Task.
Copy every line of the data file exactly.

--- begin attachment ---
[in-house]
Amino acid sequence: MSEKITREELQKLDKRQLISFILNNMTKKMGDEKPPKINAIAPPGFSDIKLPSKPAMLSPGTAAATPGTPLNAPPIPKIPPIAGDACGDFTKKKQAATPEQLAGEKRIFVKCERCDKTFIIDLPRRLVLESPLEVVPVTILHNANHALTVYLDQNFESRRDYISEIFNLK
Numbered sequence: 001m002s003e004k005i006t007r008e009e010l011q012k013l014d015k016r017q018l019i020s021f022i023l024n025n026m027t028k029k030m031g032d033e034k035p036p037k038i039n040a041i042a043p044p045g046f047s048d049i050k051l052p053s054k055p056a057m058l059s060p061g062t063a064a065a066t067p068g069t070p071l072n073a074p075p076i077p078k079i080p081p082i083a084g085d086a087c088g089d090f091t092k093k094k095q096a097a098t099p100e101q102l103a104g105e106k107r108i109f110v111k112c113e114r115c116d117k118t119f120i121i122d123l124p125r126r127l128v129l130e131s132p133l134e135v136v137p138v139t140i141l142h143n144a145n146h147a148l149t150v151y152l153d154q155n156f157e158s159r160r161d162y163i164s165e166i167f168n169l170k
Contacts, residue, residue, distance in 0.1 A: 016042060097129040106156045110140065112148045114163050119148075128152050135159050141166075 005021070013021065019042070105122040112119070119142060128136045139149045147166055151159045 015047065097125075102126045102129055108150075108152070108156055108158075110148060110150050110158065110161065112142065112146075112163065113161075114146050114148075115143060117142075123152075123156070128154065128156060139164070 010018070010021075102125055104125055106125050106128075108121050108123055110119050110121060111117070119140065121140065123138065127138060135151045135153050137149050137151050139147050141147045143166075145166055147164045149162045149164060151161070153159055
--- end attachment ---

[in-house]
Amino acid sequence: MSEKITREELQKLDKRQLISFILNNMTKKMGDEKPPKINAIAPPGFSDIKLPSKPAMLSPGTAAATPGTPLNAPPIPKIPPIAGDACGDFTKKKQAATPEQLAGEKRIFVKCERCDKTFIIDLPRRLVLESPLEVVPVTILHNANHALTVYLDQNFESRRDYISEIFNLK
Numbered sequence: 001m002s003e004k005i006t007r008e009e010l011q012k013l014d015k016r017q018l019i020s021f022i023l024n025n026m027t028k029k030m031g032d033e034k035p036p037k038i039n040a041i042a043p044p045g046f047s048d049i050k051l052p053s054k055p056a057m058l059s060p061g062t063a064a065a066t067p068g069t070p071l072n073a074p075p076i077p078k079i080p081p082i083a084g085d086a087c088g089d090f091t092k093k094k095q096a097a098t099p100e101q102l103a104g105e106k107r108i109f110v111k112c113e114r115c116d117k118t119f120i121i122d123l124p125r126r127l128v129l130e131s132p133l134e135v136v137p138v139t140i141l142h143n144a145n146h147a148l149t150v151y152l153d154q155n156f157e158s159r160r161d162y163i164s165e166i167f168n169l170k
Contacts, residue, residue, distance in 0.1 A: 016042060097129040106156045110140065112148045114163050119148075128152050135159050141166075 005021070013021065019042070105122040112119070119142060128136045139149045147166055151159045 015047065097125075102126045102129055108150075108152070108156055108158075110148060110150050110158065110161065112142065112146075112163065113161075114146050114148075115143060117142075123152075123156070128154065128156060139164070 010018070010021075102125055104125055106125050106128075108121050108123055110119050110121060111117070119140065121140065123138065127138060135151045135153050137149050137151050139147050141147045143166075145166055147164045149162045149164060151161070153159055